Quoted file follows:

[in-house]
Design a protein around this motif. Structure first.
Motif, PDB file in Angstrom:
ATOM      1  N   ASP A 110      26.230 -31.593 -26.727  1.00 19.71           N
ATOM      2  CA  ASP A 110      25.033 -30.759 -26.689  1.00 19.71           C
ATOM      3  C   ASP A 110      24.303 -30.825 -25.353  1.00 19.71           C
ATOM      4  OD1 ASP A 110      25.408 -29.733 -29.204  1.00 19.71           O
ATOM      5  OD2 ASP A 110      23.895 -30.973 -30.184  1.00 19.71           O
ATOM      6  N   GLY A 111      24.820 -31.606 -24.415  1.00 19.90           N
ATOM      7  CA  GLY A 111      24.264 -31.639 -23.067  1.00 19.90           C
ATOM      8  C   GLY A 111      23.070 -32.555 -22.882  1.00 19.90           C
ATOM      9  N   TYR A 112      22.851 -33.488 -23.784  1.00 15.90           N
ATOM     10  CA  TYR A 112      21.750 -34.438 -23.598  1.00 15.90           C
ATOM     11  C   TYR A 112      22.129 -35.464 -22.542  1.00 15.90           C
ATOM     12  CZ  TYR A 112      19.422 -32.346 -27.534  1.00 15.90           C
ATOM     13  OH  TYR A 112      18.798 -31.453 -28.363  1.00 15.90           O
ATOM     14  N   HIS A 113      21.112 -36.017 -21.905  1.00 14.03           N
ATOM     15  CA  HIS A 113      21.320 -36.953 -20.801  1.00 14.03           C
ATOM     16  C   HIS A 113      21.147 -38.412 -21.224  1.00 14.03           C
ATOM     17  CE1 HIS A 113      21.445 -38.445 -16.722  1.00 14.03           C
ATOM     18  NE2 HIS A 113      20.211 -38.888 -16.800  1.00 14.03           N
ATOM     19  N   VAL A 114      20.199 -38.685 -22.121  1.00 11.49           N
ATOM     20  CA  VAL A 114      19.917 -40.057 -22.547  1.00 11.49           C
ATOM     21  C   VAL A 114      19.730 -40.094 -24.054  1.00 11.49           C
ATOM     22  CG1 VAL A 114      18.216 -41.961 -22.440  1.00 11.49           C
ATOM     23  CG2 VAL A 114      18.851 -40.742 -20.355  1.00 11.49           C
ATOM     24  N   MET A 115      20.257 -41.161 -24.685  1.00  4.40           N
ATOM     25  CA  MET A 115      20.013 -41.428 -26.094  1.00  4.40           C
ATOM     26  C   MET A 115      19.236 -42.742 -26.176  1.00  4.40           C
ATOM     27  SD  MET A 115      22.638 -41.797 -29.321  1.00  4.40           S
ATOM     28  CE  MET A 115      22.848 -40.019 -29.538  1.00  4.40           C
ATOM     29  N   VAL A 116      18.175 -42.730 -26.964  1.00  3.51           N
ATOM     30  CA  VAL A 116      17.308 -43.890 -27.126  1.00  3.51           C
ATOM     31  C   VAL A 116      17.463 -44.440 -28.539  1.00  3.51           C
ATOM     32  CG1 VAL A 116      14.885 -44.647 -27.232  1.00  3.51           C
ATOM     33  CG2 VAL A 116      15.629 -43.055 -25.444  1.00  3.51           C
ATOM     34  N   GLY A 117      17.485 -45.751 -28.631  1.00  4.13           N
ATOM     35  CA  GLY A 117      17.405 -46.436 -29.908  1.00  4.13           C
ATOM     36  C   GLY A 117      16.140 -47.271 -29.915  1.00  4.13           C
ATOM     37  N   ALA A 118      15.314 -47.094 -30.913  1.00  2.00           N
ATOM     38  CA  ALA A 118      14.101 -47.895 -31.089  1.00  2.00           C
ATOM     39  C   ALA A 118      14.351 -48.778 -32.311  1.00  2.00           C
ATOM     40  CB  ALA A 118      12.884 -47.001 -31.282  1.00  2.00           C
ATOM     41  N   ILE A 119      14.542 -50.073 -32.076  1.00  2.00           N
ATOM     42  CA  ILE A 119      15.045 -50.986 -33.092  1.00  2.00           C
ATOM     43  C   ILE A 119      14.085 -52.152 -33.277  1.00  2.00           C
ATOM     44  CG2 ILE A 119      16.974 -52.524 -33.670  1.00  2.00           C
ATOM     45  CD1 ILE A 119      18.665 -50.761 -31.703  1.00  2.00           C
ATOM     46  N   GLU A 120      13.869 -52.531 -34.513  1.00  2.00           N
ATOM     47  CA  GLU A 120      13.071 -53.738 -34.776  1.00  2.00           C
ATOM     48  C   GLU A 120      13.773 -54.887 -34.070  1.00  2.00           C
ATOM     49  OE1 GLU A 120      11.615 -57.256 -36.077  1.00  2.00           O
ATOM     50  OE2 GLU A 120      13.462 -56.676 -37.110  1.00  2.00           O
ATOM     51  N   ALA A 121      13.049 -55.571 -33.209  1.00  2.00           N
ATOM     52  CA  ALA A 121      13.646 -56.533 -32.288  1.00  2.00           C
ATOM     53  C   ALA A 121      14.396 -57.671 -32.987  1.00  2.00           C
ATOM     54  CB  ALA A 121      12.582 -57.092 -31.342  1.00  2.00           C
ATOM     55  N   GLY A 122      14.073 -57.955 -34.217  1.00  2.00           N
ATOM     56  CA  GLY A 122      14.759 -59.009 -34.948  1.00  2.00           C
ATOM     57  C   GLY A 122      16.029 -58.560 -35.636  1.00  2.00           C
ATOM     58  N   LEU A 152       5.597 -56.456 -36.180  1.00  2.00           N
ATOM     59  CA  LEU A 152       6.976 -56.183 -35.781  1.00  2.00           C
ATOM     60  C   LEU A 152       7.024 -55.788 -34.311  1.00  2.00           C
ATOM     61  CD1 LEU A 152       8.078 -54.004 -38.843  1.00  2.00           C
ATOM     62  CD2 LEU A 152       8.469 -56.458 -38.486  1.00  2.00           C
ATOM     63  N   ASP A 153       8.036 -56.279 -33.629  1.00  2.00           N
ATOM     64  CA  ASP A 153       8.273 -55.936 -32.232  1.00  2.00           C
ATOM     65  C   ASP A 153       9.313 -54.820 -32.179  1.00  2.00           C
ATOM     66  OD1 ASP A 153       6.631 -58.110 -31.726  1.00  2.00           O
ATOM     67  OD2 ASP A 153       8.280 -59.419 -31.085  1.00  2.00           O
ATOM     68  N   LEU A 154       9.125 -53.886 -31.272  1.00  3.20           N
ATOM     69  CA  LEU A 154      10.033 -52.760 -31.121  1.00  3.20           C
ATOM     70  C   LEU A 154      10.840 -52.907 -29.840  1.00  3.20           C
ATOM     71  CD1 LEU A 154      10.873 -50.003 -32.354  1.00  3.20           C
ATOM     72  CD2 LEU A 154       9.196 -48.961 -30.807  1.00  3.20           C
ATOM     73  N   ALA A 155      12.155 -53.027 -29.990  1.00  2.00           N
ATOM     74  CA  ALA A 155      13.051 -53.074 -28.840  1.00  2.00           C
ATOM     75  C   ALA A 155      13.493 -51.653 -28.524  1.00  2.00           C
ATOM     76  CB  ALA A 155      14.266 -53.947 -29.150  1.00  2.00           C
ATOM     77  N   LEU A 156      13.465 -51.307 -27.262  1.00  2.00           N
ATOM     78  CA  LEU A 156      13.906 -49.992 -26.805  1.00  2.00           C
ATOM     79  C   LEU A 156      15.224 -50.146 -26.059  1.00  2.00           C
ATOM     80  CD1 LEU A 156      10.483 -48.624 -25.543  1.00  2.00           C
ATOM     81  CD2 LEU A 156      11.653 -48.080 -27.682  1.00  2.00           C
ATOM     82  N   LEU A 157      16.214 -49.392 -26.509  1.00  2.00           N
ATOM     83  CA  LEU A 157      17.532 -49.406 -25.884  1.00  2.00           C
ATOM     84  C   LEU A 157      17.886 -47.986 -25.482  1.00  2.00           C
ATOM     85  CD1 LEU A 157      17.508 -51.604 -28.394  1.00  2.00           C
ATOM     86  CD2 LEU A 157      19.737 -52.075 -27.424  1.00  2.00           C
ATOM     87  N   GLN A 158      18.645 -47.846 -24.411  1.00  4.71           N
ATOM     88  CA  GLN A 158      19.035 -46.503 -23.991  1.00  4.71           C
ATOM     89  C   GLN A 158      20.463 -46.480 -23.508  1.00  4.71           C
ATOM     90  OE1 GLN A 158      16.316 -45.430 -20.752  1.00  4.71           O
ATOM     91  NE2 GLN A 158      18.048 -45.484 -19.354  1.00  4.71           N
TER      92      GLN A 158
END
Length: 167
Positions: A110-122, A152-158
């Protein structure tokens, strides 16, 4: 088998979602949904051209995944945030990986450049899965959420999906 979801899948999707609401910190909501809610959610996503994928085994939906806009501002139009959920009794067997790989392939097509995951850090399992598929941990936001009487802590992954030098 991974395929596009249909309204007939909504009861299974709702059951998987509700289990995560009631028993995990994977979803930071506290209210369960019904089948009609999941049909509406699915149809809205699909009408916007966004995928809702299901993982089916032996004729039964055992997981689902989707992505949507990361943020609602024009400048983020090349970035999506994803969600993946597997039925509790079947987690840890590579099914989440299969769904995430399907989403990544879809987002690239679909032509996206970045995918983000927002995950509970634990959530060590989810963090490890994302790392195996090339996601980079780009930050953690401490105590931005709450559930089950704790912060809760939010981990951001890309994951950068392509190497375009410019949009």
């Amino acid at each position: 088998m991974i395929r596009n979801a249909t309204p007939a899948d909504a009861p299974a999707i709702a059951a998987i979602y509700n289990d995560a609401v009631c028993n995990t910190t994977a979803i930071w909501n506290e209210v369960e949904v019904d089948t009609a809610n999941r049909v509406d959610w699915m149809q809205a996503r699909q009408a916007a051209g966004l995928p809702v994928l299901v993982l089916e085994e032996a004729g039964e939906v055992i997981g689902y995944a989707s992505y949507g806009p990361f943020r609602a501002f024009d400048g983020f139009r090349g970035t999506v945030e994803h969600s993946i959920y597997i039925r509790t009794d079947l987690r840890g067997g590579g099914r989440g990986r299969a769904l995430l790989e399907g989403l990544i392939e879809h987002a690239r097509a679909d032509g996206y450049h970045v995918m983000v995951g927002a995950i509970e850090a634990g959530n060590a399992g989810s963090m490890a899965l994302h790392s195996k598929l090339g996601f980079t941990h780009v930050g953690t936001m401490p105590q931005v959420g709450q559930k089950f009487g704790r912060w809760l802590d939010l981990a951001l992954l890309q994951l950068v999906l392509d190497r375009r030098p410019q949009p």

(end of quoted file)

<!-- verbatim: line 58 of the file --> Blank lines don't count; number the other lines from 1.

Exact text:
ATOM     55  N   GLY A 122      14.073 -57.955 -34.217  1.00  2.00           N